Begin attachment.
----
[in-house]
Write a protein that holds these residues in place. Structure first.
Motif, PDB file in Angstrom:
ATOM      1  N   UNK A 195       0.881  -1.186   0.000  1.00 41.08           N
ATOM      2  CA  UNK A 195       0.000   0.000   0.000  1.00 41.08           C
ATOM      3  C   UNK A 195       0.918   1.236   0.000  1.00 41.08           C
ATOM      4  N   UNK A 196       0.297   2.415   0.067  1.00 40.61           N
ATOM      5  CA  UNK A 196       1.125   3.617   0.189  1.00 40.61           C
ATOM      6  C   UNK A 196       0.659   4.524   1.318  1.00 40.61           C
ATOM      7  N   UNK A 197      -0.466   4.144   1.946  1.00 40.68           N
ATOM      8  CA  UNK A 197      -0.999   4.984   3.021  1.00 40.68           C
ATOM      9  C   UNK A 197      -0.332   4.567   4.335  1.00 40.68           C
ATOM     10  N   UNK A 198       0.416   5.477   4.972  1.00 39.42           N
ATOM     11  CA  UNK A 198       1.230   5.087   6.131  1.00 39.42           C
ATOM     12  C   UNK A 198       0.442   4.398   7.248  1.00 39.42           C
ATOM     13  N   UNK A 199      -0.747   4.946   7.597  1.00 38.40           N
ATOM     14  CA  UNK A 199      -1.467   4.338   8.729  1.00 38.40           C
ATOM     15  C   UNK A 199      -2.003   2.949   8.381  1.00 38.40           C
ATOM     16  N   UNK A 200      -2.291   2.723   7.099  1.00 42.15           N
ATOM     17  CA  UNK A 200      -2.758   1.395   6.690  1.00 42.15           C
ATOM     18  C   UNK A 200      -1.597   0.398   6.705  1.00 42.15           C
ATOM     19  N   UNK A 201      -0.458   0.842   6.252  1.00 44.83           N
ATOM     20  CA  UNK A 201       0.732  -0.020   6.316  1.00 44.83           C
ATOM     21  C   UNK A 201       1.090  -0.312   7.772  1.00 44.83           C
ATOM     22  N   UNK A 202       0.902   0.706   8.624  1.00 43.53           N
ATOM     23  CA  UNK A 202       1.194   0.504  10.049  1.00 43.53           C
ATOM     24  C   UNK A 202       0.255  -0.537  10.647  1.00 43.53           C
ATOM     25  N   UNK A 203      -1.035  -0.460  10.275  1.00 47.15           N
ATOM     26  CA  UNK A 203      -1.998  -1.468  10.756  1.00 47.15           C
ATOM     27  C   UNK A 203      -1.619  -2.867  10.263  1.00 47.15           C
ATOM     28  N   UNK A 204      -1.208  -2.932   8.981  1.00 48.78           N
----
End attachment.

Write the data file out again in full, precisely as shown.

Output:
[in-house]
Write a protein that holds these residues in place. Structure first.
Motif, PDB file in Angstrom:
ATOM      1  N   UNK A 195       0.881  -1.186   0.000  1.00 41.08           N
ATOM      2  CA  UNK A 195       0.000   0.000   0.000  1.00 41.08           C
ATOM      3  C   UNK A 195       0.918   1.236   0.000  1.00 41.08           C
ATOM      4  N   UNK A 196       0.297   2.415   0.067  1.00 40.61           N
ATOM      5  CA  UNK A 196       1.125   3.617   0.189  1.00 40.61           C
ATOM      6  C   UNK A 196       0.659   4.524   1.318  1.00 40.61           C
ATOM      7  N   UNK A 197      -0.466   4.144   1.946  1.00 40.68           N
ATOM      8  CA  UNK A 197      -0.999   4.984   3.021  1.00 40.68           C
ATOM      9  C   UNK A 197      -0.332   4.567   4.335  1.00 40.68           C
ATOM     10  N   UNK A 198       0.416   5.477   4.972  1.00 39.42           N
ATOM     11  CA  UNK A 198       1.230   5.087   6.131  1.00 39.42           C
ATOM     12  C   UNK A 198       0.442   4.398   7.248  1.00 39.42           C
ATOM     13  N   UNK A 199      -0.747   4.946   7.597  1.00 38.40           N
ATOM     14  CA  UNK A 199      -1.467   4.338   8.729  1.00 38.40           C
ATOM     15  C   UNK A 199      -2.003   2.949   8.381  1.00 38.40           C
ATOM     16  N   UNK A 200      -2.291   2.723   7.099  1.00 42.15           N
ATOM     17  CA  UNK A 200      -2.758   1.395   6.690  1.00 42.15           C
ATOM     18  C   UNK A 200      -1.597   0.398   6.705  1.00 42.15           C
ATOM     19  N   UNK A 201      -0.458   0.842   6.252  1.00 44.83           N
ATOM     20  CA  UNK A 201       0.732  -0.020   6.316  1.00 44.83           C
ATOM     21  C   UNK A 201       1.090  -0.312   7.772  1.00 44.83           C
ATOM     22  N   UNK A 202       0.902   0.706   8.624  1.00 43.53           N
ATOM     23  CA  UNK A 202       1.194   0.504  10.049  1.00 43.53           C
ATOM     24  C   UNK A 202       0.255  -0.537  10.647  1.00 43.53           C
ATOM     25  N   UNK A 203      -1.035  -0.460  10.275  1.00 47.15           N
ATOM     26  CA  UNK A 203      -1.998  -1.468  10.756  1.00 47.15           C
ATOM     27  C   UNK A 203      -1.619  -2.867  10.263  1.00 47.15           C
ATOM     28  N   UNK A 204      -1.208  -2.932   8.981  1.00 48.78           N